For-cause removal protection for the leaders of independent agencies is a common and longstanding congressional tool to insulate those agencies from political pressure. This requirement prevents the president from firing an independent agency director over mere personal or policy disagreements. When the Supreme Court in Seila Law struck down for-cause removal protection for the director of the CFPB, it left many unanswered questions, including whether or not the decision should apply to other presidential appointees with for-cause removal protection. This Wednesday’s arguments in Collins could shed light on the justices’ thinking.
The Court’s reasoning in Seila Law turned at least in part on the fact that CFPB — like the FHFA in Collins — is led by a single presidentially-appointed director, not a multi-member board appointed by the president. At the same time, the majority telegraphed some ambivalence about a seminal case upholding for-cause removal protection in the case of a multi-member board, Humphrey’s Executor v. United States (1935). Some justices would go even farther — in a concurring opinion joined by Justice Gorsuch, Justice Thomas called for Humphrey’s Executor to be overturned and posited that all independent agencies are unconstitutional.
The Court in Seila Law also focused on the fact that the CFPB administers 19 statutes, “including a broad prohibition on unfair and deceptive practices in a major segment of the U.S. economy.” This vague characterization of the CFPB’s impact on a “major segment” of the economy could potentially apply to the FHFA, as well as dozens of other independent government agencies charged with critical government functions, from regulating securities to ensuring mine safety. The Seila Law majority questioned the constitutional validity of both the CFPB and the FHFA, which were created in response to the Great Recession, and other single-leader agencies at least partly on the grounds that they are all “modern.”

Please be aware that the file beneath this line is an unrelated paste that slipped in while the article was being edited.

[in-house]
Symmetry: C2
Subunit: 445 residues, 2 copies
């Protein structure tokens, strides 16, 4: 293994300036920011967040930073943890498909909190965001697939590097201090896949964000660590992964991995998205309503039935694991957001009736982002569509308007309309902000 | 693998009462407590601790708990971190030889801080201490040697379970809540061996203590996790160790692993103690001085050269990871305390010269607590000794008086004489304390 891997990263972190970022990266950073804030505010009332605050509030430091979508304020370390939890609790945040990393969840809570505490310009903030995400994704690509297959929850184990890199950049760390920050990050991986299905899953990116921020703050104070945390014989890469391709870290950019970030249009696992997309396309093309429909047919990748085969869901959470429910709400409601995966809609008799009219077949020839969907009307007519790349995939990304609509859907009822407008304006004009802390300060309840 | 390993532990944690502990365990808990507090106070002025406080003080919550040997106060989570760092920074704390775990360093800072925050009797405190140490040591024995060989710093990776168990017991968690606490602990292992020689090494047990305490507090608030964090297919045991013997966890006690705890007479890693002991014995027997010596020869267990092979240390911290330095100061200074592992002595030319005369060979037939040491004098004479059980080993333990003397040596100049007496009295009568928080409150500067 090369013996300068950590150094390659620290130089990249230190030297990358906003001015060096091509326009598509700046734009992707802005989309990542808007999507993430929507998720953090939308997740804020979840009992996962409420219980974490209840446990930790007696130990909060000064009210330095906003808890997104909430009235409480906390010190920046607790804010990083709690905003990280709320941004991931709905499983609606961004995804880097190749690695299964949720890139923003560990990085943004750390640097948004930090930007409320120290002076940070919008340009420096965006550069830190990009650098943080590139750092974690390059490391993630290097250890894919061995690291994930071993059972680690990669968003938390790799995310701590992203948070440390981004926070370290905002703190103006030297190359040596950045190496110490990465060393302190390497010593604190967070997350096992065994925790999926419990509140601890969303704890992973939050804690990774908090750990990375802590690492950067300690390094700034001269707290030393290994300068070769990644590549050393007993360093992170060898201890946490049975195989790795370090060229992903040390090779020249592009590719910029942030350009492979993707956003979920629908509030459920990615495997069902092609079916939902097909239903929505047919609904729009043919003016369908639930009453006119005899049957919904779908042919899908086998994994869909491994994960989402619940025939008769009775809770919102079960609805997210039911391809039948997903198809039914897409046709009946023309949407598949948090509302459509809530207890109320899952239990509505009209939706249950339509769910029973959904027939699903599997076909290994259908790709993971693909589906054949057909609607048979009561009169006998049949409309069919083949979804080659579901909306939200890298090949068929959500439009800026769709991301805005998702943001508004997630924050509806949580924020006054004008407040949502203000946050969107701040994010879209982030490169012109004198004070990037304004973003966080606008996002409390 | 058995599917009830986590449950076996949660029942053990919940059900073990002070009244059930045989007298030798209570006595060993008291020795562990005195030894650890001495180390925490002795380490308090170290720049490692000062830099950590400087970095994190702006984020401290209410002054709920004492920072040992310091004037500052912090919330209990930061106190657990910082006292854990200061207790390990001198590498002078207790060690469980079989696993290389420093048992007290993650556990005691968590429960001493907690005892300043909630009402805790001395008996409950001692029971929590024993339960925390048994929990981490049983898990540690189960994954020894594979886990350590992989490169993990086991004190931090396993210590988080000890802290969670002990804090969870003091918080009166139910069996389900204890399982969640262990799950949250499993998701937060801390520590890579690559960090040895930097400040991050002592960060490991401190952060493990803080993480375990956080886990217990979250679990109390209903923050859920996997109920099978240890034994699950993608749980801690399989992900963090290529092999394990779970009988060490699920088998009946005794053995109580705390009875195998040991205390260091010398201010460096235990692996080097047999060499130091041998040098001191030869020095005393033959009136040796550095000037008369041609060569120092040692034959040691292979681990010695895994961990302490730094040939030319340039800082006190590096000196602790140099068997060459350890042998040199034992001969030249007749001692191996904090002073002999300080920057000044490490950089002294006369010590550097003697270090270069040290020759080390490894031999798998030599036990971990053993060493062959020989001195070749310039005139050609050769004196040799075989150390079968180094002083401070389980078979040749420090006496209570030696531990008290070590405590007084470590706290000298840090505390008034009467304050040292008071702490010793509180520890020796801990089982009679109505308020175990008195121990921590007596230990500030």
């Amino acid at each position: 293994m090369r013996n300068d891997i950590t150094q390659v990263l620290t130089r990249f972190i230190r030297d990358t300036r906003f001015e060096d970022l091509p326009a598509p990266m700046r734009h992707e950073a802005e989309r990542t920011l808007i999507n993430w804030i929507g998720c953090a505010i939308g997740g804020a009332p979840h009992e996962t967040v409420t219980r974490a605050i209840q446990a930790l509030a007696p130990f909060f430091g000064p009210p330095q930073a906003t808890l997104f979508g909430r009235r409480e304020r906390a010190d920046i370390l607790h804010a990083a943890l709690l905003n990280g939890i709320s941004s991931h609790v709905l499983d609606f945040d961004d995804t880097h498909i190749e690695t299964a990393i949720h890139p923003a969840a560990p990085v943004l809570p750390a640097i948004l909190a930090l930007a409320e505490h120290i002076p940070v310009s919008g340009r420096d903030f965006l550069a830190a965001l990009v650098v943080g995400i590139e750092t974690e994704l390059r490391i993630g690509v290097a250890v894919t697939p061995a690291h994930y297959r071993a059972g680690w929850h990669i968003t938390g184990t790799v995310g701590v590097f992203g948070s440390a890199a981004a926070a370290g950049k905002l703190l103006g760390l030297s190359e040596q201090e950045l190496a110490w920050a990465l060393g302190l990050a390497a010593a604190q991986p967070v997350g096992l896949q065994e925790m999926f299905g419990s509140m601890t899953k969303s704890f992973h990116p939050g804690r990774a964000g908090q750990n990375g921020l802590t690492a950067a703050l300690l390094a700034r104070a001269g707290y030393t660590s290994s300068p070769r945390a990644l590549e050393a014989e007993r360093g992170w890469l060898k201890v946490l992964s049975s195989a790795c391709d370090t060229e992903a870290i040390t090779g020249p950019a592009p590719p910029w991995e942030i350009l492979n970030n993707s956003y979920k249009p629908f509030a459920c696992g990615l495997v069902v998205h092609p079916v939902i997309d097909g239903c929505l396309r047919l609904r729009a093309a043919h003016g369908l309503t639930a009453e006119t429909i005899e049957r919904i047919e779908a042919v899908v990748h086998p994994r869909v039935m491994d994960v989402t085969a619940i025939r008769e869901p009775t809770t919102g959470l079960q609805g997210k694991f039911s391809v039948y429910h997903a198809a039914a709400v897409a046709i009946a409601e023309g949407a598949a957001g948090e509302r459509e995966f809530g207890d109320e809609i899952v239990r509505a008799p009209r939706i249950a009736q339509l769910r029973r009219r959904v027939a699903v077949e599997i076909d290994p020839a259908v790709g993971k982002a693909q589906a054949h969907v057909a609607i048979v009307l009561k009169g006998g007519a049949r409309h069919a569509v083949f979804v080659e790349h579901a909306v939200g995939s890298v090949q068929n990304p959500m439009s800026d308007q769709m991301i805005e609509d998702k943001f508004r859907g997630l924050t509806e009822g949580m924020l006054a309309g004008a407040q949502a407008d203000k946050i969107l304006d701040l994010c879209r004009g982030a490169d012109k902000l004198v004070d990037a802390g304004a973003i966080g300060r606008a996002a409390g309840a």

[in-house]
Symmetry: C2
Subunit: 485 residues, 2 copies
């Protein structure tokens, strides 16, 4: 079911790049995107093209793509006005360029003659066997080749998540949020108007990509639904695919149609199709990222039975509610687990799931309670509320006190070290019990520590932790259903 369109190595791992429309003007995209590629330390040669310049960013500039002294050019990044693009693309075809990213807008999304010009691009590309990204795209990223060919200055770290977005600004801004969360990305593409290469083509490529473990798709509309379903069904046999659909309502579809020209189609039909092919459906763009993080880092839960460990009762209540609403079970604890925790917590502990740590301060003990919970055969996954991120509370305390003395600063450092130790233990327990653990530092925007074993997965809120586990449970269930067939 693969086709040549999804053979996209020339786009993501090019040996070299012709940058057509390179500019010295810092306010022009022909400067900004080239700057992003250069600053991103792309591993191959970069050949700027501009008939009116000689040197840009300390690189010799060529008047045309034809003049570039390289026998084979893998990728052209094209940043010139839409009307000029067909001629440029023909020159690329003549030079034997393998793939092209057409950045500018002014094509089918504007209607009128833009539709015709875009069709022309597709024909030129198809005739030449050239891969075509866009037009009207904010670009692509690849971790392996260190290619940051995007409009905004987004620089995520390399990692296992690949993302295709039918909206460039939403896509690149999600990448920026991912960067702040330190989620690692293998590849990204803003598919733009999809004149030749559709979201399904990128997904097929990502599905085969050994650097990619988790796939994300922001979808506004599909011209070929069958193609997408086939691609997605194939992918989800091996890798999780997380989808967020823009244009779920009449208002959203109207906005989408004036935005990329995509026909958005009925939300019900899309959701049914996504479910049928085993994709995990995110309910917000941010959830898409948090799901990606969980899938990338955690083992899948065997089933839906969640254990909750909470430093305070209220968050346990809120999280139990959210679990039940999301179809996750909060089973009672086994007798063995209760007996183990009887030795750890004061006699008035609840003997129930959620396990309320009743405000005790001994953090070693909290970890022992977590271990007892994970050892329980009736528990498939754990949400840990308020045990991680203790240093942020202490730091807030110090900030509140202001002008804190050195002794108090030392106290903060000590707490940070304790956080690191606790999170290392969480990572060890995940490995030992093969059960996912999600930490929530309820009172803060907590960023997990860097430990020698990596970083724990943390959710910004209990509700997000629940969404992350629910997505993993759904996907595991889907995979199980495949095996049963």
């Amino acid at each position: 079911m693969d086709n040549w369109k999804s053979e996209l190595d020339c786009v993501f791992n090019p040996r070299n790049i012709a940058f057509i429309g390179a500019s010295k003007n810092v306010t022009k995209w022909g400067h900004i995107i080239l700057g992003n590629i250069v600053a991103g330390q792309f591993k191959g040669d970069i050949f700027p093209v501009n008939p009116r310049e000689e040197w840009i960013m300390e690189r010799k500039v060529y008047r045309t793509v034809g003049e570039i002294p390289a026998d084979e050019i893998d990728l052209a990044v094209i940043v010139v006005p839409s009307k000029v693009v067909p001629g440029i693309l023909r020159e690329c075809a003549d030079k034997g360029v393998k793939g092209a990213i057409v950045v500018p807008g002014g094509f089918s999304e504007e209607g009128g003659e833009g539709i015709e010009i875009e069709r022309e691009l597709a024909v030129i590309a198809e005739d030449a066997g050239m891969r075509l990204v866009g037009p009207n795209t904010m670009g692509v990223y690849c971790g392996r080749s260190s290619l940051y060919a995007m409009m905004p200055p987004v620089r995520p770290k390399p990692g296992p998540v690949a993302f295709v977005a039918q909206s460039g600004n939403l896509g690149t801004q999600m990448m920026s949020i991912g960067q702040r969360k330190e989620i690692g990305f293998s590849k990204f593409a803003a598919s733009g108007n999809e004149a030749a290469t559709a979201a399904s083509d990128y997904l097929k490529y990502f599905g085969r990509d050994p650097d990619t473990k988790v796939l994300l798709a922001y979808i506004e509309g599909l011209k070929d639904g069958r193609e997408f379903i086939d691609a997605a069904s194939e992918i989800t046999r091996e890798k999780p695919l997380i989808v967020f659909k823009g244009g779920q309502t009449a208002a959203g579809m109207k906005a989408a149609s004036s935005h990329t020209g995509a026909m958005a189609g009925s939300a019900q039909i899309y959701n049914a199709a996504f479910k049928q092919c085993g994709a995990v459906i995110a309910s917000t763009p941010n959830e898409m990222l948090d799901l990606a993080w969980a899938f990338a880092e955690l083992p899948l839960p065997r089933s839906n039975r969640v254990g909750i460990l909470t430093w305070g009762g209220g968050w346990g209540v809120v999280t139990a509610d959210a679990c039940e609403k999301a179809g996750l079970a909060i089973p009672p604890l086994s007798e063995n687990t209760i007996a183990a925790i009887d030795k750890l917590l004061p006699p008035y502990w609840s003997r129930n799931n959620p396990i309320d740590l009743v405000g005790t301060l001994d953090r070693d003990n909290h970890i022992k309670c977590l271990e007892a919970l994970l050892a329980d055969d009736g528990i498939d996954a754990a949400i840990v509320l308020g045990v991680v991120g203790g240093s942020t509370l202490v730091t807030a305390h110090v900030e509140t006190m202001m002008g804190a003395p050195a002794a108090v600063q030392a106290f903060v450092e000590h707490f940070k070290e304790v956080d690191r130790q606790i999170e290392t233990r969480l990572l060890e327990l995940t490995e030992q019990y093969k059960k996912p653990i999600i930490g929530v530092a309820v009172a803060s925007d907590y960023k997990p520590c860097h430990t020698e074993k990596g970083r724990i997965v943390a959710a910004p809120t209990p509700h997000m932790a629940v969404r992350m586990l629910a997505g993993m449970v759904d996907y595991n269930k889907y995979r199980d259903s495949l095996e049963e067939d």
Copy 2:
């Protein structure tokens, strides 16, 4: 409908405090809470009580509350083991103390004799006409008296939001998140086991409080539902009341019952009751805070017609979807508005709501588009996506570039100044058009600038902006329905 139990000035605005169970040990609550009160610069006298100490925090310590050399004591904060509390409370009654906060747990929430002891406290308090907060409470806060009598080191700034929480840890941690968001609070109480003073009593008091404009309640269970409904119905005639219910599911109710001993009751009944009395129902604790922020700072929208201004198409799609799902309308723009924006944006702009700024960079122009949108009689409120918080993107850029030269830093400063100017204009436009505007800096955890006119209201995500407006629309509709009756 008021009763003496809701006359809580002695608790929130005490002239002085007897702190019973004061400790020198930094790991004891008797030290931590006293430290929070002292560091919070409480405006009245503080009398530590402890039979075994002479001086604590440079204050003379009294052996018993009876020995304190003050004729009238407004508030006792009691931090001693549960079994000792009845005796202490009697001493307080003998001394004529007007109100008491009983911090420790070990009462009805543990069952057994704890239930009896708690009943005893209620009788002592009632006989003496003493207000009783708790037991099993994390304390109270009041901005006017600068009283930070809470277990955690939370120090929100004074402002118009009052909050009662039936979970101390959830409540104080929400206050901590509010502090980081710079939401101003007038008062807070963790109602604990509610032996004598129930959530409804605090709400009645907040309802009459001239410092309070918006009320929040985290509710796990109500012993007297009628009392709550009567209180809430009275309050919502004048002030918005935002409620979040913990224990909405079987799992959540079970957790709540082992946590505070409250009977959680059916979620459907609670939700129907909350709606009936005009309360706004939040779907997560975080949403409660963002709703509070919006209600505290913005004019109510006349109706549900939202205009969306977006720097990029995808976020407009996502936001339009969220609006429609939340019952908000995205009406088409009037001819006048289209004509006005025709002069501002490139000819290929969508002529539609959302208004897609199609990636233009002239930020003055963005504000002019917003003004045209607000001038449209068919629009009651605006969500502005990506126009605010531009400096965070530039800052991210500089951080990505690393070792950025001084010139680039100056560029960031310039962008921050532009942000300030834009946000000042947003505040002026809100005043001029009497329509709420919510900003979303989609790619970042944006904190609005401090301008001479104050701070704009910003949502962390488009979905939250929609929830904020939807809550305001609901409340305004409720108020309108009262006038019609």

The Utility of Single-Leader Agencies
As with the CFPB, Congress had good reasons to structure the FHFA as it did. In the 85 years since the Supreme Court upheld for-cause removal for the commissioners of the Federal Trade Commission in Humphrey’s Executor, the economy has become more complex, the federal regulatory process has become lengthier and more involved, and the Senate confirmation process has become more fraught. In order to respond with agility and expertise to pressing societal needs, Congress has structured a few modern regulatory agencies with a single Senate-confirmed leader whom the president can’t fire without cause. (In certain situations – such as in the case of agencies that regulate campaign finance law or other election-related issues, when there is a risk of the agency being weaponized by the party in power to persecute its opponents – the Brennan Center has advocated for Congress to employ a multi-member, bipartisan leadership structure.)